In a Nutshell: Human Evolution and the Unequal Distribution of Resources

In a Nutshell: Human Evolution and the Unequal Distribution of Resources

In the talk you read, Jared Diamond discusses “the broad pattern of human history, on all the continents, for the last 13,000 years.” (This talk is basically a hyper-quick summary of his bookGuns, Germs and Steel which I highly recommend). Diamond, a “biogeographer and evolutionary biologist,” is every bit a historian, as you can see. Historians look at causes and effects, patterns and change over time, trends, and especially things like motivation for deeds done or not done, the results of these actions, etc. Common historical inquiry includes questions like: What were the causes of the Great Depression? What advantages did the North have over the South that might have led to the North’s victory in the American Civil War? What was the role of women in community building in the American West? In his Changes in the Land, William Cronin asks what important changes did the shift from Indian to European dominance in New England have for that region’s plant and animal communities? And finally, Diamond asks in part: why did Europeans conquer African Americans and American Indians and not the other way around? (Of course there are many more questions, but you get the idea).

When studying human evolution, Diamond considers of course, plant, animal, and human biology.

Your Response Papers (RPs) will be based on this reading. In your RPs you may address anything you want as long as it’s related to the reading, but below I provide you with some prompts in case you’re having a hard time coming up with a question to discuss.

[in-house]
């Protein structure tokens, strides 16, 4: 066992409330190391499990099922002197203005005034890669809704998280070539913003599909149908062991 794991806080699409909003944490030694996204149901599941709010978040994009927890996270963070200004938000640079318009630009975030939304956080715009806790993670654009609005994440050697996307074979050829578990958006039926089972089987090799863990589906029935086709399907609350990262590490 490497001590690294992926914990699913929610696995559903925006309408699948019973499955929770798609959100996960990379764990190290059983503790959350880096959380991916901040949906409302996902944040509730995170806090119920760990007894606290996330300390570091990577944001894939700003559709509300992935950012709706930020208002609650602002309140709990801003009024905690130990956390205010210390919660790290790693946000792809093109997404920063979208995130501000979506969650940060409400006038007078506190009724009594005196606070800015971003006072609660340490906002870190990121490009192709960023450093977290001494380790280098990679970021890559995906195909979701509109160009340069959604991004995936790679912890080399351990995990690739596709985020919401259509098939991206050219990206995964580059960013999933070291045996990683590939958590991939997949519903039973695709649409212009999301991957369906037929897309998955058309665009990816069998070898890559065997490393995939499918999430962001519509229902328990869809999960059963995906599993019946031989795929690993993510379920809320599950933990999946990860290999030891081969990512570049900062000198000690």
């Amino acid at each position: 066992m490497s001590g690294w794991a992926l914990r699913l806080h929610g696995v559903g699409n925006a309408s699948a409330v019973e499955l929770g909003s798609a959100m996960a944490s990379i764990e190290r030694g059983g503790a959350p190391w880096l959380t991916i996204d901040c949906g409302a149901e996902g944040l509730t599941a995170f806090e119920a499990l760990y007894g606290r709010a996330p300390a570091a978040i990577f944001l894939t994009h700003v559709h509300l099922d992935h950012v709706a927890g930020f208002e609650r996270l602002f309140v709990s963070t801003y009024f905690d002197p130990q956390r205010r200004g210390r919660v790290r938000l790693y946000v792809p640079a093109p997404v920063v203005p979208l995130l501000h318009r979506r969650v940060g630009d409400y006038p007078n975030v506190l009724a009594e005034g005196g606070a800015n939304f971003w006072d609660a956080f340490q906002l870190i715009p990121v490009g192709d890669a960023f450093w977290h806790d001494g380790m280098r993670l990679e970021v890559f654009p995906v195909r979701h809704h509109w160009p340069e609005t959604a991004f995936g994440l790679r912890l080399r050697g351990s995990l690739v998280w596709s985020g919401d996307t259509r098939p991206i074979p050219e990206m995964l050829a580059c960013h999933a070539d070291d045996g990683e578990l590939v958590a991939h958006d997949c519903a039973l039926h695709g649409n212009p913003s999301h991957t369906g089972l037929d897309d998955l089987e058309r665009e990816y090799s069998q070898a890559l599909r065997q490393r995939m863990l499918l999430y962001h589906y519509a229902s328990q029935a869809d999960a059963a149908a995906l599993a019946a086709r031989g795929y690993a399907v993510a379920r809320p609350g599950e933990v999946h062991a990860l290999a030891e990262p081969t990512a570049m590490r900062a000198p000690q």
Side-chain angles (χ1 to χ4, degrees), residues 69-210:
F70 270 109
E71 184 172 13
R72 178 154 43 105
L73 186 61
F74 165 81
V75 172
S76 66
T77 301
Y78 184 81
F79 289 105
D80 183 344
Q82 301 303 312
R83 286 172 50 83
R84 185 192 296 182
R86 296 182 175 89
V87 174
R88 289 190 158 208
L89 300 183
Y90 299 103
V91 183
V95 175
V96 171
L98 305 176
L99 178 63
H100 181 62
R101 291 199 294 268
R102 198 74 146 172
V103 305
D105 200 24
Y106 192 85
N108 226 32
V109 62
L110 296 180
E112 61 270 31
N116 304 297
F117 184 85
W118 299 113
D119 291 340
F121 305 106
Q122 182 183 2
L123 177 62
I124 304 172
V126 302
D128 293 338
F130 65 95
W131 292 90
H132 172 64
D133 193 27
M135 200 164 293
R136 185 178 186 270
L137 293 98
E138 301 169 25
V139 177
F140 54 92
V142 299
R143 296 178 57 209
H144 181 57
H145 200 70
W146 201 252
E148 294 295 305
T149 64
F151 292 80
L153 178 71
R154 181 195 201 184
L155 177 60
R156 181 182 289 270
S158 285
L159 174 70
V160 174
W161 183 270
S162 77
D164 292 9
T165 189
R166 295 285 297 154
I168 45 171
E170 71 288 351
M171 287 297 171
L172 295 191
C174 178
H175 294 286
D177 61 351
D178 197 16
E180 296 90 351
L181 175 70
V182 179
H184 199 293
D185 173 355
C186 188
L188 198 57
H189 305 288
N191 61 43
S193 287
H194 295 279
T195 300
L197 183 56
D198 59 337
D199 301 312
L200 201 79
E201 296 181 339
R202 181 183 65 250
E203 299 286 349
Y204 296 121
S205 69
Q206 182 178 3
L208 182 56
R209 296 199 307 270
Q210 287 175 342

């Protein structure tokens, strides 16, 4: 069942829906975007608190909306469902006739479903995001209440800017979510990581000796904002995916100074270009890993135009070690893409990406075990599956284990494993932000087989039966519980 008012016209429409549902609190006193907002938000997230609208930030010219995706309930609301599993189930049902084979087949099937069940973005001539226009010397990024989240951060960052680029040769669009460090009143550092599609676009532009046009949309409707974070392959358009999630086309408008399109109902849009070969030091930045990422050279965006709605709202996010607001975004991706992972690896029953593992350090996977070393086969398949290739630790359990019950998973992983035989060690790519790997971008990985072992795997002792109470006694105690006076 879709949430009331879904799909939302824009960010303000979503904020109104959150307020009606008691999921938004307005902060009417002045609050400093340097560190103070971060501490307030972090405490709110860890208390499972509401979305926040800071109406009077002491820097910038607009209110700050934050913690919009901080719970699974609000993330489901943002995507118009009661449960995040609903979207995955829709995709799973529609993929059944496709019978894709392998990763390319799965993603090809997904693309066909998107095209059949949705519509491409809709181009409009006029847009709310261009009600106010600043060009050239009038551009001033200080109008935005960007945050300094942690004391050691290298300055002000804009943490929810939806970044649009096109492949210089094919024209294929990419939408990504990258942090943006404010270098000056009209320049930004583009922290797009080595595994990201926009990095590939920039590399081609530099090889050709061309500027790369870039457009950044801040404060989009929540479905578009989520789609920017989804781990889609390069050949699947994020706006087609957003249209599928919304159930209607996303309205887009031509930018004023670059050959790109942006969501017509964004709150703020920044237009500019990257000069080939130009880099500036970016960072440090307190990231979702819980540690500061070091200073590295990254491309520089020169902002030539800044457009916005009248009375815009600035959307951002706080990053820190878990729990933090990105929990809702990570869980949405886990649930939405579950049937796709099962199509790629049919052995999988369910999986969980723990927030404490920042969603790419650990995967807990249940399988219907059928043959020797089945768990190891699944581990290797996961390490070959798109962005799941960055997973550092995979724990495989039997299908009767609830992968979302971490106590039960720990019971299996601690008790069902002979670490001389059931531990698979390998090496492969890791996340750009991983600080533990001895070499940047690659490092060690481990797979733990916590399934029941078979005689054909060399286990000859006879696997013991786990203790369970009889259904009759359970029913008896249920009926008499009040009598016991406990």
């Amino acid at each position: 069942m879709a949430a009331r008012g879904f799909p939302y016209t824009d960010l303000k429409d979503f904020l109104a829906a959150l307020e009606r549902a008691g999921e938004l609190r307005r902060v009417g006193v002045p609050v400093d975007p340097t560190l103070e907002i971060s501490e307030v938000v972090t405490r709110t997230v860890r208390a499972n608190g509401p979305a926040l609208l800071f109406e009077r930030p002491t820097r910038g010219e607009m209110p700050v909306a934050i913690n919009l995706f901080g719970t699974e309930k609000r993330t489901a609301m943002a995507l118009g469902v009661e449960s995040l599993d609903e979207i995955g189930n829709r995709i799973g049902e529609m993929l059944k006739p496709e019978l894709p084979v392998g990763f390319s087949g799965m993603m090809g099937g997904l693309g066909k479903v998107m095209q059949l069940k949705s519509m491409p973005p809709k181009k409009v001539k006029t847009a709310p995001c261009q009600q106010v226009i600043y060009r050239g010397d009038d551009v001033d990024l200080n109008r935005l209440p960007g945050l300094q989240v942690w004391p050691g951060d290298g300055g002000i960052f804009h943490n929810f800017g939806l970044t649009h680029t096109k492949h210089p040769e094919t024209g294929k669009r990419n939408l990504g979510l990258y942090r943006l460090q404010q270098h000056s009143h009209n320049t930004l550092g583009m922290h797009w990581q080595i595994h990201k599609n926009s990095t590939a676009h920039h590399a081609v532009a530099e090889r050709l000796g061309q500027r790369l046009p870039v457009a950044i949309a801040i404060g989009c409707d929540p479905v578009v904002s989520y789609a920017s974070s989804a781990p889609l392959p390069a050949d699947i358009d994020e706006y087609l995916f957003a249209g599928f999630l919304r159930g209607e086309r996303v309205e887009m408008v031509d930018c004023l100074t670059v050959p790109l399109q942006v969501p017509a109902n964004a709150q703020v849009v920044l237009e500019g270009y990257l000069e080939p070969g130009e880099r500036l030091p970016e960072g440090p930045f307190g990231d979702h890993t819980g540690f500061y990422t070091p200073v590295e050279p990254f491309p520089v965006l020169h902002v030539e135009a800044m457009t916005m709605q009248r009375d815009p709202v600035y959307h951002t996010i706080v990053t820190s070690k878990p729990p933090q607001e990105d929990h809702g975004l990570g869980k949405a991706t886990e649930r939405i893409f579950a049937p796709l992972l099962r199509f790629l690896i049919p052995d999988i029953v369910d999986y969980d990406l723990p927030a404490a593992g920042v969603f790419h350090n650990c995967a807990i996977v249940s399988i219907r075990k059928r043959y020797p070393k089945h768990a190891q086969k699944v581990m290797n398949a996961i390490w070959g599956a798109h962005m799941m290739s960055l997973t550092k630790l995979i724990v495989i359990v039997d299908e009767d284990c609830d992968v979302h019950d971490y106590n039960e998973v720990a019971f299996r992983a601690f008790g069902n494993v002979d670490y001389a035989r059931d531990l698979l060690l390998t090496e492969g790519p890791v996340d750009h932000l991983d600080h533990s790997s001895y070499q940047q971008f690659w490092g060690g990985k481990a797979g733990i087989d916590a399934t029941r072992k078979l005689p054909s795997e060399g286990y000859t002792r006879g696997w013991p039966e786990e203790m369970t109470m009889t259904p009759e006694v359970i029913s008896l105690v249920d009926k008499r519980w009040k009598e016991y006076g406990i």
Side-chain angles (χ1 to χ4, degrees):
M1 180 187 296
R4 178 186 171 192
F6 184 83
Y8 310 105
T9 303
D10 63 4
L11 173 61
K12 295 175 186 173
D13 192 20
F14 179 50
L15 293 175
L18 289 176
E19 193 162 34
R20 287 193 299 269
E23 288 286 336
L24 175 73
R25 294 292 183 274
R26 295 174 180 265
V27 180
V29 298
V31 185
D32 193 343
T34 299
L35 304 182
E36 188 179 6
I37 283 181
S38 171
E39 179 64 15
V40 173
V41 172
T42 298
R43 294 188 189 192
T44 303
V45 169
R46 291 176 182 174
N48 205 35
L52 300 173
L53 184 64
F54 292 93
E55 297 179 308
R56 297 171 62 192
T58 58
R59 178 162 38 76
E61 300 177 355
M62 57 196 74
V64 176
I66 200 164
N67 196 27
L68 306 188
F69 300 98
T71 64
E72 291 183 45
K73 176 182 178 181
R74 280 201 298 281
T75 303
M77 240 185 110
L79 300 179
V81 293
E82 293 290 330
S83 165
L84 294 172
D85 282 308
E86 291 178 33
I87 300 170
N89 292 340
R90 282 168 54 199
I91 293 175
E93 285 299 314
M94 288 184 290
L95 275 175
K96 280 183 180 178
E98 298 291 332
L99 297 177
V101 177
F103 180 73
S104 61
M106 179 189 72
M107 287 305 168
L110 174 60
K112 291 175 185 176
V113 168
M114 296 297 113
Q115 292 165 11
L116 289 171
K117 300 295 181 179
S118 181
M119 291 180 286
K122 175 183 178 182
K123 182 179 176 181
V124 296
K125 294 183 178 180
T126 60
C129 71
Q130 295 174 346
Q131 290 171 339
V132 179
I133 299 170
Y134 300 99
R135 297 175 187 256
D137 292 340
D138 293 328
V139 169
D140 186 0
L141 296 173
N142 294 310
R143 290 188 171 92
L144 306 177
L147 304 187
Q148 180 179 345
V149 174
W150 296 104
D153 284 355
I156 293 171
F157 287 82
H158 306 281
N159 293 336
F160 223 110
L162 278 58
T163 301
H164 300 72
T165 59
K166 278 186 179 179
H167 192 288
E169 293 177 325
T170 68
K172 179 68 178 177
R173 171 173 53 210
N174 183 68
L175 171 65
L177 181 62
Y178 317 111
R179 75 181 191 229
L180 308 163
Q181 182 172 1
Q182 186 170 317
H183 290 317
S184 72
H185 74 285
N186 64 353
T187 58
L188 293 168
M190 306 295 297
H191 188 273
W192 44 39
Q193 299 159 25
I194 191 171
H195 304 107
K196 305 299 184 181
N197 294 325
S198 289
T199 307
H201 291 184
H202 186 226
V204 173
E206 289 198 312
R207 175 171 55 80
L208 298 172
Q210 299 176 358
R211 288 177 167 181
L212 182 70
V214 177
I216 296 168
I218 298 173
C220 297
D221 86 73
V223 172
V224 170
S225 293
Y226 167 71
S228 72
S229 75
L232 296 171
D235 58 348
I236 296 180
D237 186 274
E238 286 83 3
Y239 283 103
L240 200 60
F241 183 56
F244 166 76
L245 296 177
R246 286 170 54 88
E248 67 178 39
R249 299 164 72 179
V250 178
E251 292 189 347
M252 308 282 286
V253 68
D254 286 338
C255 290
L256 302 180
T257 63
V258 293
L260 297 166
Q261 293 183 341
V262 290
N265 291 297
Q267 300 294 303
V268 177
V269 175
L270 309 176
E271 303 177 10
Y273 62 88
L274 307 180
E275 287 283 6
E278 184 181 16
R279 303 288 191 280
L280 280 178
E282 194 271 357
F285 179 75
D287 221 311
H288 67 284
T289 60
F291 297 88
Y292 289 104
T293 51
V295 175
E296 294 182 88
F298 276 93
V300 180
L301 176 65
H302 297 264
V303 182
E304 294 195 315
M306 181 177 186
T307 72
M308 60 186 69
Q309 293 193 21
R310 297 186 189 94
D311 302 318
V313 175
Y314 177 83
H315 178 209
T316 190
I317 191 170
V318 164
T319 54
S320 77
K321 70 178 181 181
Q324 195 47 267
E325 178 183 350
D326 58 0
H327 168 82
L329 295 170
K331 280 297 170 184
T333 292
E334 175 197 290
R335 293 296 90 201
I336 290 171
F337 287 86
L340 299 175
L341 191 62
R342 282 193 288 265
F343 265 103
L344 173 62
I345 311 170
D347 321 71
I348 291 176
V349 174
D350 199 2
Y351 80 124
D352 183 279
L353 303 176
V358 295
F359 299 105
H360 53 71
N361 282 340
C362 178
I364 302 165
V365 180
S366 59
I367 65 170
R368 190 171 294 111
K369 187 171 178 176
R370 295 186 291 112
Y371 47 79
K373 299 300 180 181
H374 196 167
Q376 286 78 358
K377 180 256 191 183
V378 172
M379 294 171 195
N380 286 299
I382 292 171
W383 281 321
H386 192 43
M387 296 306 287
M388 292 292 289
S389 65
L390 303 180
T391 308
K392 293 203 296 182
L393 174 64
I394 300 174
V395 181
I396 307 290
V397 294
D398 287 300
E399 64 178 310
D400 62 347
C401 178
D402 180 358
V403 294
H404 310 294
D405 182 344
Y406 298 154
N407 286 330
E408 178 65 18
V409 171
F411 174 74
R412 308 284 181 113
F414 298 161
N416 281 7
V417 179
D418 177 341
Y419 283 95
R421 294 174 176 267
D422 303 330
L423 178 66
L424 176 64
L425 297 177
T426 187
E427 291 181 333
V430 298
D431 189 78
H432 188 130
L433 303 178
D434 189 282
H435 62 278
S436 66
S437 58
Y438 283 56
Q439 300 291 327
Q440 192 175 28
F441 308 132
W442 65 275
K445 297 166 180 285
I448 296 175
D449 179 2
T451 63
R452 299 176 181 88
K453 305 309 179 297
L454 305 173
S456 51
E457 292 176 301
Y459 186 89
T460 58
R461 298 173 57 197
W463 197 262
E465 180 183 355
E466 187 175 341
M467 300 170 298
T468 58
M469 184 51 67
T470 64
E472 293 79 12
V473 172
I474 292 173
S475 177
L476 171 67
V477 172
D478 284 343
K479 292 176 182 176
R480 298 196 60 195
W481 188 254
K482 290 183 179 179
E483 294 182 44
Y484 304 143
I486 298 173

–What academic disciplines is Diamond calling upon? What tools does he use?

–How is Diamond coming to the conclusions that he does?

–When historians tell stories, we usually say things like “so-and-so ‘discovered’ such-and-such.” Or “these people can be characterized like thus and such.” How is Diamond’s story different from what we usually hear.

–What inferences might we draw from Diamond’s discussion regarding the way the different genders have developed between hunter-gatherer societies and agricultural societies?

–What questions did Diamond’s talk bring up for you? What would you like to more about and why?

–Has Diamond’s talk caused you to reconsider any of your preconceived notions? How so?

–We humans, some more than others, tend to think of history as a story of human beings getting better, advancing, etc. Following this mode of thought, American history is a series of unfortunate events that were necessary for the ultimate betterment of all involved. How might someone misconstrue Diamond’s argument and how might that lead one to think that things like Indian Removal or Indian boarding schools, for example, were necessary.

For more Diamond see: I particularly like this one. Here, partly in response to business leaders like Bill Gates, Diamond addresses how humans have organized themselves in the past and how we might organize ourselves today in the interests of concerns like maximum productivity and wealth production, among other things.

Diamond’s Guns, Germs and Steel on YouTube:

Some reminders (for this Response Paper and others):
(this first RP, b/c it’s the first and b/c it’s a bit abstract, may be for some of you, the most difficult we’ll have. Don’t go away. We’ll have more RPs this semester and they’ll be more concrete).

–I am not asking you to go through each question above and answer them one-by-one. The questions are meant to be prompts for discussion.

–Make sure you make reference to the readings in your RP. When you mention Foner or Zinn, you’ll want to cite the page where you’re getting your information or ideas.

–Be careful of biological determinism. That is, Diamond is not saying that we are biologically predestined to do A, B or C. In talking about gender differences, you’ll want to be careful to avoid generalizing with things like “women are biologically inclined to do A and B, while men are biologically inclined to do C and D. ”

–Some of you like cut and dried answers. You’re not going to get them in this discussion. There are facts, and you can have as much fun with those as you’d like. Use them to support your points, but they probably won’t be your points.

–Your grades, your valuable thinking processes that we want to hone and keep in shape, thinking about our human history and that of our country is all very serious business. That said–be serious, but have fun!


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